Know What to Look Out For
If you’ve got the car of your dreams nestling in your garage, you’ll want to know how to keep it in prime condition. Keeping classics in top shape requires a strict programme of maintenance. Even if your vehicle has a full MOT, there’s no getting away from the fact that most classic cars needed more care and fettling than your average modern machine. The more a car has been used, the more worn out its component parts will be, but good maintenance can significantly avoid further wear and tear, meaning that you don’t have to replace rare, expensively priced parts.
Many classics had question marks over their reliability even when they were rolling off the production line, so poor maintenance on a car that is already prone to mechanical dysfunction will only pour oil on the fire, making owning a classic a lot harder and more expensive than it has to be. If you haven’t already got one, it’s a good idea to go out and buy a handbook and workshop manual for your car. But first, here are some of the more common maintenance issues faced by the average classic car owner to get you started…
Know What to Look Out For
Over the years many owner’s clubs and marque-specialists will have addressed the common problems encountered with particular cars, so ask around and do some research into the common failings of your vehicle. You may find ways to avoid popular malfunctions, such as keeping the coolant/antifreeze mixture well up to the mark in Triumph Stags, or keeping water off the distributors on Minis. You might also discover that modern advances or products can lessen the impact of your car’s original design failings.
Classics are often teeming with electrical gremlins, so it’s a good idea to perform a quarterly test of your car’s mechanics.
Try all the lights, and remove all lenses, ensuring that none of the bulb connections or holders exhibits any signs of corrosion. If any do, then it’s time to replace them.
Old cars usually feature a fairly simple wiring system. Try to get hold of an original manufacturer’s workshop manual as this will have a nice, clear wiring diagram for you to work from. Many of the electrical problems you will encounter stem from faulty earthing. This can cause the engine to randomly cut out, and can usually be traced to a malfunctioning main earth lead running from the engine to the gearbox, across to the chassis or body.
Intermittent engine problems can usually be attributed to either fuel or electrical problems. To combat them, try to eradicate any electrical gremlins from your car by checking over the spark plugs, plug leads, distributor cap, points (if they’re fitted), rotor arm (if fitted) and the low tension wire that runs from the coil to the distributor. Examine the dizzy cap and coil too, keeping an eye out for any hairline cracks or badly damaged/burnt contacts – these are bad news and will need replacing immediately. The best way to see if there is a problem is to run the car at night with the bonnet open – if you witness a firework display of sparks around the engine, it’s time to budget for new items. Reproduction parts are often poor quality, so it’s best to try and track down original ‘old stock’ parts.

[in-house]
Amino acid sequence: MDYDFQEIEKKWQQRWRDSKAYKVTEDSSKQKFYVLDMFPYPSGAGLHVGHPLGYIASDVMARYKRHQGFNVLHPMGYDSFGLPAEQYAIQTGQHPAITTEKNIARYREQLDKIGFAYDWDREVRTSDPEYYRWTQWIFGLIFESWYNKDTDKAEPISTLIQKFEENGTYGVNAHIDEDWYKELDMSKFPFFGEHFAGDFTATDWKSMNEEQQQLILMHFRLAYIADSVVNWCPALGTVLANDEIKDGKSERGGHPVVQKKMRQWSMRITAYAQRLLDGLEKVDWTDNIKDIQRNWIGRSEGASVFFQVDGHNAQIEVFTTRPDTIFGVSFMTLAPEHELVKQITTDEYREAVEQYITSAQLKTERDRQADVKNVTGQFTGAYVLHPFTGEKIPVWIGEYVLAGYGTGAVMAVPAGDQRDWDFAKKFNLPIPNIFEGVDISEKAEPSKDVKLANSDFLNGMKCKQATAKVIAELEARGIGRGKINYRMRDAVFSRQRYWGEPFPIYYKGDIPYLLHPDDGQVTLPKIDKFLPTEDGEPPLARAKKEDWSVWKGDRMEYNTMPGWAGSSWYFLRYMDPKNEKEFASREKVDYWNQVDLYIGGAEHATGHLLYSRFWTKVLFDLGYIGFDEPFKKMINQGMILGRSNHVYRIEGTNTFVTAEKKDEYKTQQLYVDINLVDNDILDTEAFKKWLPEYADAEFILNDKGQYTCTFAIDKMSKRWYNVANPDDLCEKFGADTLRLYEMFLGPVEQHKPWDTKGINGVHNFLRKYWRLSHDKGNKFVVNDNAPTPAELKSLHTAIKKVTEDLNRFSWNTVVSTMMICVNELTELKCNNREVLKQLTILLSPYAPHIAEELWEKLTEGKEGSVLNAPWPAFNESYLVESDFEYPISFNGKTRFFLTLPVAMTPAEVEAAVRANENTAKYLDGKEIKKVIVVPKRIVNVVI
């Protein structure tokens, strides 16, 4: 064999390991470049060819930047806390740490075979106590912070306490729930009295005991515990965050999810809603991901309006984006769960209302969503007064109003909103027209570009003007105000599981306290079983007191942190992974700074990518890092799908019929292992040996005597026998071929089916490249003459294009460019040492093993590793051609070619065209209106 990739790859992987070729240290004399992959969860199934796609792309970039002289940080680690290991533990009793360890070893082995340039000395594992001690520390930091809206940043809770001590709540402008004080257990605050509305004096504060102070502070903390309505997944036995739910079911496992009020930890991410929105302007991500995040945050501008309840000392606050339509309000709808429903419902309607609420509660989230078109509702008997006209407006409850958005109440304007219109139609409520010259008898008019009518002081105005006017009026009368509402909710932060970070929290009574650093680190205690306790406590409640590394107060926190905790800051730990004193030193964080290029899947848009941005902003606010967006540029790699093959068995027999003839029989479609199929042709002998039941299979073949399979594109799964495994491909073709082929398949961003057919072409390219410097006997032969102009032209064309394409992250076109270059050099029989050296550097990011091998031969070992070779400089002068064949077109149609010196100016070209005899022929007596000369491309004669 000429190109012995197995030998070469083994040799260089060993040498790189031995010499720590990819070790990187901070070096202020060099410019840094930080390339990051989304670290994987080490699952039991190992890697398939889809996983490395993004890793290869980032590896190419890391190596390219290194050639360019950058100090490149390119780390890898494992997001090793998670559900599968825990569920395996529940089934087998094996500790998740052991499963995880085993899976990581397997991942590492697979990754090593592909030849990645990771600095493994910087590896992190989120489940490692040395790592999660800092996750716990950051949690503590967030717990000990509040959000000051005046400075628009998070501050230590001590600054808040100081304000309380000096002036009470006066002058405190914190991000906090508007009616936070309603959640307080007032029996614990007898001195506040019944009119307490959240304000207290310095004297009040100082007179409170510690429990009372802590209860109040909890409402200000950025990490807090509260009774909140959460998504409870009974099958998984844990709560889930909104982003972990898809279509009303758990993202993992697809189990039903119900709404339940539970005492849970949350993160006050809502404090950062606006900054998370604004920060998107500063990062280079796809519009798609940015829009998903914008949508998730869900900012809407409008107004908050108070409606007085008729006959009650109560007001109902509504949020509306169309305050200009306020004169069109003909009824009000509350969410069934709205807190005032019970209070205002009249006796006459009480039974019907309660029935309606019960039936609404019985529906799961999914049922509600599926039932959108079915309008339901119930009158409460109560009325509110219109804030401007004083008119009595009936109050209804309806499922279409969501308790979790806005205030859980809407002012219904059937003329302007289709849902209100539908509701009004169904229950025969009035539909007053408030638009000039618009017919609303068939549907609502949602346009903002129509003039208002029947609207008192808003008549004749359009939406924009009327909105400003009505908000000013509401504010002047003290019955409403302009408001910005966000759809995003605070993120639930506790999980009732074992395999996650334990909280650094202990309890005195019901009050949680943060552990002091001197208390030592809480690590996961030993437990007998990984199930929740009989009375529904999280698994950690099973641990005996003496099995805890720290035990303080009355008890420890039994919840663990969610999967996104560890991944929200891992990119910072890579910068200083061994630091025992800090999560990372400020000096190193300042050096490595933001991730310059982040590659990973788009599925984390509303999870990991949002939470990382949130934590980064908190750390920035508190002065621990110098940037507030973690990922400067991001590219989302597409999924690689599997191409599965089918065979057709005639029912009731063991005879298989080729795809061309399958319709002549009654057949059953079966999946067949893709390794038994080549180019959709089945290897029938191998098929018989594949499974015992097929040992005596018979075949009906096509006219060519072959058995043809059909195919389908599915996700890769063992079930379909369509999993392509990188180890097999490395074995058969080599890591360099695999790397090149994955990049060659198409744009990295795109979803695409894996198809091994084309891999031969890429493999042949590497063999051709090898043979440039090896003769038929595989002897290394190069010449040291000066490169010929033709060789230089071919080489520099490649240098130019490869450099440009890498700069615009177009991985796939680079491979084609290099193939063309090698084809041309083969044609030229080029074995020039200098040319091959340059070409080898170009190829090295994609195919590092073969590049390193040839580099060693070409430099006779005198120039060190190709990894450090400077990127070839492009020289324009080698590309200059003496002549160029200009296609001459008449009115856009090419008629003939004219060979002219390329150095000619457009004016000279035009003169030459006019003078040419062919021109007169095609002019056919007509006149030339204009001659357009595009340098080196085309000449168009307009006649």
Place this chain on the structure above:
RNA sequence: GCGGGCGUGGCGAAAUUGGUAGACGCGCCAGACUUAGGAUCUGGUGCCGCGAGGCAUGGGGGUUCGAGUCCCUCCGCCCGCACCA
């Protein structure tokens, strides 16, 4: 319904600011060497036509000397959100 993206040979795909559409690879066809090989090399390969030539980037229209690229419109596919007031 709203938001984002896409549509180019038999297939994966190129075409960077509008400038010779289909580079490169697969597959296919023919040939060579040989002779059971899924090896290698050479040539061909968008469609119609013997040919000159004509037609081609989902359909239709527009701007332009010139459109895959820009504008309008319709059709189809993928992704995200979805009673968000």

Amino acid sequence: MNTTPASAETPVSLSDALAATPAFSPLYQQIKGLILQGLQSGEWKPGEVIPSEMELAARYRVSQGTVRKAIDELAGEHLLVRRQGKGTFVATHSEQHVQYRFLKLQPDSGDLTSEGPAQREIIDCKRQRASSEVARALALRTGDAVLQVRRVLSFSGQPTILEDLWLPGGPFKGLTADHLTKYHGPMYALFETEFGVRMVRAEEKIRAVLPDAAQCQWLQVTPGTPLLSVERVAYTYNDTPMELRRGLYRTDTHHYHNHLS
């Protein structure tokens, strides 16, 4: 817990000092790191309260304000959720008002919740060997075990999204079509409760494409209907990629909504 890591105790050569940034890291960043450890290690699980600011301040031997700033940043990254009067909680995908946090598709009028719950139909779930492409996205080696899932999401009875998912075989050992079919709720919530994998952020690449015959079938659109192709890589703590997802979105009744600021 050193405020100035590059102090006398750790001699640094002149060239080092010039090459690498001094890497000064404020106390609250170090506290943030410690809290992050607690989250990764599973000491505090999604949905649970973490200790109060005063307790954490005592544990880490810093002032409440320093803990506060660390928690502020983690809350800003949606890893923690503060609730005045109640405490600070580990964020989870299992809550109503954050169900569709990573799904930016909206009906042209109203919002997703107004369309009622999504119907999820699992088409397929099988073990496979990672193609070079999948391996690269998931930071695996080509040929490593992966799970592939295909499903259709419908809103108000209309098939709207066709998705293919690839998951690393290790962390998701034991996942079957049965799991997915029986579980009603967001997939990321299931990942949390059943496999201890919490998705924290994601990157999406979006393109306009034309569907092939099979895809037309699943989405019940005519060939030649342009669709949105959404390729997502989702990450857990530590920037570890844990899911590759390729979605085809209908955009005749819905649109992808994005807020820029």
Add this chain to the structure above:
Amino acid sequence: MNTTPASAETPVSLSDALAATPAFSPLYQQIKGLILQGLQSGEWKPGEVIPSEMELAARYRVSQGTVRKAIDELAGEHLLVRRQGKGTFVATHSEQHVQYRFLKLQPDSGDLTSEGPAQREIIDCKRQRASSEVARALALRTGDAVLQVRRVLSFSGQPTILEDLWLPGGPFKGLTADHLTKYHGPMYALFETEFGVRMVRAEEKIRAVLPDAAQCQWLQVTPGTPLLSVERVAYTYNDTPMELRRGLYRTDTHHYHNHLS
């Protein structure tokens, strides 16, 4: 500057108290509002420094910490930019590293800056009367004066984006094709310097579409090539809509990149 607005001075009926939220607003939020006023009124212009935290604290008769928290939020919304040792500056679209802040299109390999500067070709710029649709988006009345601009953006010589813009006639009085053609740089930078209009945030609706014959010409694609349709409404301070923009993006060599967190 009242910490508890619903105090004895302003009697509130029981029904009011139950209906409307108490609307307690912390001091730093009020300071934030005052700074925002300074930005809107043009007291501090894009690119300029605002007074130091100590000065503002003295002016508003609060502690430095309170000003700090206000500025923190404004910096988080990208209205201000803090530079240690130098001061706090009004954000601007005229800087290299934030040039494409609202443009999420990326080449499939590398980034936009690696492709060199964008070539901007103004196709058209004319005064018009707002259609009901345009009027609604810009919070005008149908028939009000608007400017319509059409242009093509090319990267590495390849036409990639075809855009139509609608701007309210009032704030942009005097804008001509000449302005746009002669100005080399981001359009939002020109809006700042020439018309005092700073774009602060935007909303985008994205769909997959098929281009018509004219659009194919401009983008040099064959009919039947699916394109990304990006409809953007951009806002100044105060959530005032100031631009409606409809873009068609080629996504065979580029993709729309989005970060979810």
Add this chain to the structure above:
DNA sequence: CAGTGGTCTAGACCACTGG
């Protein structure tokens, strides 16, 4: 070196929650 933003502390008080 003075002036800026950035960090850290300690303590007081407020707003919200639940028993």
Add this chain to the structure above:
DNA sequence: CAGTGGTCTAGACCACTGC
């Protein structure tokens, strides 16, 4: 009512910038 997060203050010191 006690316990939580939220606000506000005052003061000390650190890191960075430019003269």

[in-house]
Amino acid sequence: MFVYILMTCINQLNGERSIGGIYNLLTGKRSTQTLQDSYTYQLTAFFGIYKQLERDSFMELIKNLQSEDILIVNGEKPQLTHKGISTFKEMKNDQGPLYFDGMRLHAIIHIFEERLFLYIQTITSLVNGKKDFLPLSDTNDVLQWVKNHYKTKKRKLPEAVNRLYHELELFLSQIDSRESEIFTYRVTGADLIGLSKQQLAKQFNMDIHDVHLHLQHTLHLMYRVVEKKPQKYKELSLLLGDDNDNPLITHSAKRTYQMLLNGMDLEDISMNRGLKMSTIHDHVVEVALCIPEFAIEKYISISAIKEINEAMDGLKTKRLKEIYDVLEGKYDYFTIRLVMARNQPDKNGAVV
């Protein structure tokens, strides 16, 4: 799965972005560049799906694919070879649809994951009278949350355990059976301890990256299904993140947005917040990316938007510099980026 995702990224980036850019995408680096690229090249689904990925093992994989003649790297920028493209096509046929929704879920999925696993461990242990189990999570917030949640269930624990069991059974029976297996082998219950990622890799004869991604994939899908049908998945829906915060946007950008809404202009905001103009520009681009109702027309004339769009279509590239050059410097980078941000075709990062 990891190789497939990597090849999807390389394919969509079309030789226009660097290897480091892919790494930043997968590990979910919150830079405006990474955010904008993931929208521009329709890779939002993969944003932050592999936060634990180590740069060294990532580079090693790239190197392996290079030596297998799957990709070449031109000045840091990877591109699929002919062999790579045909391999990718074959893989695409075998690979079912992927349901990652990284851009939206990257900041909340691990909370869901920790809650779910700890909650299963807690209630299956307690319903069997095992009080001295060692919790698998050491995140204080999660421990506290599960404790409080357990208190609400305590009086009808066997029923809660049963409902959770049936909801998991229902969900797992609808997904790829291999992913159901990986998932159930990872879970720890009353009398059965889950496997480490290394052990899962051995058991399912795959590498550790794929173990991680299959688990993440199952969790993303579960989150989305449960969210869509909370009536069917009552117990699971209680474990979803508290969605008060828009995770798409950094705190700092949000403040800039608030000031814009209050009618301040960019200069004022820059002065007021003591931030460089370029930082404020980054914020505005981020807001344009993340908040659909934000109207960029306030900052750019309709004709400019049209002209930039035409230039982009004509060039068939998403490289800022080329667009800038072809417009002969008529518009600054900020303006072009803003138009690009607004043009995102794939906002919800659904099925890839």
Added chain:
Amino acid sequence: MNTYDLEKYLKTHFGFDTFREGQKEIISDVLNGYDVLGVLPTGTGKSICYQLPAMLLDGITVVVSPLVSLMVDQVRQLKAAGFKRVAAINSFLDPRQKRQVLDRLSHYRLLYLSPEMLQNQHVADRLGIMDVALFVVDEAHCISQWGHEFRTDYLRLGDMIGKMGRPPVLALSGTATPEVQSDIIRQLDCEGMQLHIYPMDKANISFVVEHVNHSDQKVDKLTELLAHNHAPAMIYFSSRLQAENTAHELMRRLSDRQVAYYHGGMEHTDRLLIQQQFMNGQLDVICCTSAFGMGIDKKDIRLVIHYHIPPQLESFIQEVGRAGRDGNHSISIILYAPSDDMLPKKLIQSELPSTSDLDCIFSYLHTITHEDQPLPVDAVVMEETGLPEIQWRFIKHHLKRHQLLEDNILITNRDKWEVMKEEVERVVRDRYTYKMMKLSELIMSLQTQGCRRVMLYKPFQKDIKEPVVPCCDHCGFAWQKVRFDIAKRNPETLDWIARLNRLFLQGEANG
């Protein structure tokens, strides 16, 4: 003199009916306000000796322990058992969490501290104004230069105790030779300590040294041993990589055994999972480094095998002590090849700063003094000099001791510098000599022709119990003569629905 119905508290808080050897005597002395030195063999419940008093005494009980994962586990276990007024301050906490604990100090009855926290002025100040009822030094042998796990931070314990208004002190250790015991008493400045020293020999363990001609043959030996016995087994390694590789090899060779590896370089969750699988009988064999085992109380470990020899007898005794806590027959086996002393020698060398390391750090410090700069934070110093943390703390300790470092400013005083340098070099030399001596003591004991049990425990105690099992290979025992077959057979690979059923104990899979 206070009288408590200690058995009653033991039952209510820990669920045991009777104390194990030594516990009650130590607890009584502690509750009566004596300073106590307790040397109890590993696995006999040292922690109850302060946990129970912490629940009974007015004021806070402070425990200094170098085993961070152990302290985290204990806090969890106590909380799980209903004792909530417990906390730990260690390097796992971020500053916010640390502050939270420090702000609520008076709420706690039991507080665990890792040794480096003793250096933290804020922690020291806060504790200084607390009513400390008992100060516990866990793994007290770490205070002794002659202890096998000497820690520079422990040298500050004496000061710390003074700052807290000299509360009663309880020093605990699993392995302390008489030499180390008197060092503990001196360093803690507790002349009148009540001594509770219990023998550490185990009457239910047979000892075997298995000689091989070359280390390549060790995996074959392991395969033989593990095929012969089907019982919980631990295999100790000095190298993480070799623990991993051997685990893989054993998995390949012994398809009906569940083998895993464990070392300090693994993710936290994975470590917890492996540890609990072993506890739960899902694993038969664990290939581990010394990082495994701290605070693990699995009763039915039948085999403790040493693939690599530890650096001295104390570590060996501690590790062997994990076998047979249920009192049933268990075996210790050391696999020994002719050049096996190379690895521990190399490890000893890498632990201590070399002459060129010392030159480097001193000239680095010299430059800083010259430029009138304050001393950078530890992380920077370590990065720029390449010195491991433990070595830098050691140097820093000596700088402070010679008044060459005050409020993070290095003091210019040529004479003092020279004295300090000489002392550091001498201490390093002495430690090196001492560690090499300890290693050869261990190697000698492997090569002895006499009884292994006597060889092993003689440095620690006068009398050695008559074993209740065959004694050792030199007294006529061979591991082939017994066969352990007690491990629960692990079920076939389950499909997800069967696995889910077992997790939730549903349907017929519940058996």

To check the fuel system give the carbs a once-over, and check that the inline filter (if fitted) is not blocked. While you’re poking around the side of the engine, take the opportunity to examine the fuel lines and check that none are corroded or chaffing on the bodywork, especially underneath where the pipework is out of sight.
You should regularly check over all systems and replace anything that looks faulty or is easily replaceable. Give the brake and clutch lines/linkages a good going over every six months or so too.
Most classics were designed to receive regular maintenance, and one of the grimier routines is greasing, which is often neglected. Classics built up until the 1980s tended to be fitted with grease nipples – lots of them. They’re usually found on suspension and steering components, propshaft joints, handbrake linkages, pivots and so on. Each model has them located in slightly different places, so make sure that you find all of them to make sure you’re not neglecting any of these areas. Some mechanical items seem to survive better being lubricated with oil rather than grease, such as the stub axles on Triumph Heralds and Spitfires, so it’s worth asking other people with the same model whether your car has any of these idiosyncrasies. Finally, give the engine a filter and oil change, and lubricate all of the control cables and anything else that looks like it would benefit from a dab of oil.
Keeping track of the jobs you have and haven’t done can be a nightmare, so it’s a good idea to keep a log of any maintenance tasks you perform, especially if you have more than one classic. Try drawing up a schedule of tasks that need attention, basing it on the service schedule specified by the original manufacturer. As well as the regular care your classic receives, such as frequent oil changes, don’t forget to schedule in the infrequent jobs, like dropping a dab of oil into the dynamo every now and then. The more preventative maintenance you do, the less likely you are to end up stranded in the middle of nowhere, smoke pouring from under the bonnet, as the rare English sunshine dissolves into pouring rain.
Monthly Masterclass: Classic Car Bodywork Maintenance